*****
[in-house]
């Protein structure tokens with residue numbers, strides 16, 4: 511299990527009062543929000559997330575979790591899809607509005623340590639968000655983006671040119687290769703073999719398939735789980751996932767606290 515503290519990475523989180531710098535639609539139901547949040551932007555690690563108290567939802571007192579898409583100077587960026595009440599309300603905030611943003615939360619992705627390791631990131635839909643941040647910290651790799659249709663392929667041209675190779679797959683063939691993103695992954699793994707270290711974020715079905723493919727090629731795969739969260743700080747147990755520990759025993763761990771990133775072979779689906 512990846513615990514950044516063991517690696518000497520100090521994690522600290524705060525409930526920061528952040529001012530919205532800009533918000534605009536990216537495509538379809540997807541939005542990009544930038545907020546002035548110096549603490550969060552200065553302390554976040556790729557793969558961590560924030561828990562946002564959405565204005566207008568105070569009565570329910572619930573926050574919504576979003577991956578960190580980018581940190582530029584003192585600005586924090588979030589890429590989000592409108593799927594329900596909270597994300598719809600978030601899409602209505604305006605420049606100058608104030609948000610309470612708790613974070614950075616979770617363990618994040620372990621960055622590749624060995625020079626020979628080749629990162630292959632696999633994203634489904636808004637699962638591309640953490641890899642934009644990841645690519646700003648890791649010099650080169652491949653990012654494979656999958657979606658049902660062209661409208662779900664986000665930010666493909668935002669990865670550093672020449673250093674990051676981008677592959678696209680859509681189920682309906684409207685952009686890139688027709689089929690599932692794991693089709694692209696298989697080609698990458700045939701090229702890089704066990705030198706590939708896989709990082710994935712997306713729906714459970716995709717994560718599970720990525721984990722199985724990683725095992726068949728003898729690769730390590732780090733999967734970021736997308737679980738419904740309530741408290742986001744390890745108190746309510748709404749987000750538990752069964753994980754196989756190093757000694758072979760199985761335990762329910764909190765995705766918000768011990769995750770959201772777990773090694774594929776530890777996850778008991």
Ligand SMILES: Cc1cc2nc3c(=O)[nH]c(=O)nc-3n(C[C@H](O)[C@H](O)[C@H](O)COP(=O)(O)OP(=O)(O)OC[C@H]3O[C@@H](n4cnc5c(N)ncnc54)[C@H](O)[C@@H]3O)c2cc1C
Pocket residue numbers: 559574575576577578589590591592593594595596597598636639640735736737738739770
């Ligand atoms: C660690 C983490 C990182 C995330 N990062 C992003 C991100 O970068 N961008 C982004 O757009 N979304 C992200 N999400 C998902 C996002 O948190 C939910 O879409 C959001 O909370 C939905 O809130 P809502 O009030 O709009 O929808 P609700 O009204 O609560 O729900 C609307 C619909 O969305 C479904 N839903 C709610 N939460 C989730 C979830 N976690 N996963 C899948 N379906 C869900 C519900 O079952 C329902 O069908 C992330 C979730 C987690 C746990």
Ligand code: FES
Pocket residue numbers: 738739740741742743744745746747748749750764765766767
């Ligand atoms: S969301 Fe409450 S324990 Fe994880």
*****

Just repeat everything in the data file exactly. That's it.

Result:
[in-house]
């Protein structure tokens with residue numbers, strides 16, 4: 511299990527009062543929000559997330575979790591899809607509005623340590639968000655983006671040119687290769703073999719398939735789980751996932767606290 515503290519990475523989180531710098535639609539139901547949040551932007555690690563108290567939802571007192579898409583100077587960026595009440599309300603905030611943003615939360619992705627390791631990131635839909643941040647910290651790799659249709663392929667041209675190779679797959683063939691993103695992954699793994707270290711974020715079905723493919727090629731795969739969260743700080747147990755520990759025993763761990771990133775072979779689906 512990846513615990514950044516063991517690696518000497520100090521994690522600290524705060525409930526920061528952040529001012530919205532800009533918000534605009536990216537495509538379809540997807541939005542990009544930038545907020546002035548110096549603490550969060552200065553302390554976040556790729557793969558961590560924030561828990562946002564959405565204005566207008568105070569009565570329910572619930573926050574919504576979003577991956578960190580980018581940190582530029584003192585600005586924090588979030589890429590989000592409108593799927594329900596909270597994300598719809600978030601899409602209505604305006605420049606100058608104030609948000610309470612708790613974070614950075616979770617363990618994040620372990621960055622590749624060995625020079626020979628080749629990162630292959632696999633994203634489904636808004637699962638591309640953490641890899642934009644990841645690519646700003648890791649010099650080169652491949653990012654494979656999958657979606658049902660062209661409208662779900664986000665930010666493909668935002669990865670550093672020449673250093674990051676981008677592959678696209680859509681189920682309906684409207685952009686890139688027709689089929690599932692794991693089709694692209696298989697080609698990458700045939701090229702890089704066990705030198706590939708896989709990082710994935712997306713729906714459970716995709717994560718599970720990525721984990722199985724990683725095992726068949728003898729690769730390590732780090733999967734970021736997308737679980738419904740309530741408290742986001744390890745108190746309510748709404749987000750538990752069964753994980754196989756190093757000694758072979760199985761335990762329910764909190765995705766918000768011990769995750770959201772777990773090694774594929776530890777996850778008991």
Ligand SMILES: Cc1cc2nc3c(=O)[nH]c(=O)nc-3n(C[C@H](O)[C@H](O)[C@H](O)COP(=O)(O)OP(=O)(O)OC[C@H]3O[C@@H](n4cnc5c(N)ncnc54)[C@H](O)[C@@H]3O)c2cc1C
Pocket residue numbers: 559574575576577578589590591592593594595596597598636639640735736737738739770
């Ligand atoms: C660690 C983490 C990182 C995330 N990062 C992003 C991100 O970068 N961008 C982004 O757009 N979304 C992200 N999400 C998902 C996002 O948190 C939910 O879409 C959001 O909370 C939905 O809130 P809502 O009030 O709009 O929808 P609700 O009204 O609560 O729900 C609307 C619909 O969305 C479904 N839903 C709610 N939460 C989730 C979830 N976690 N996963 C899948 N379906 C869900 C519900 O079952 C329902 O069908 C992330 C979730 C987690 C746990």
Ligand code: FES
Pocket residue numbers: 738739740741742743744745746747748749750764765766767
């Ligand atoms: S969301 Fe409450 S324990 Fe994880």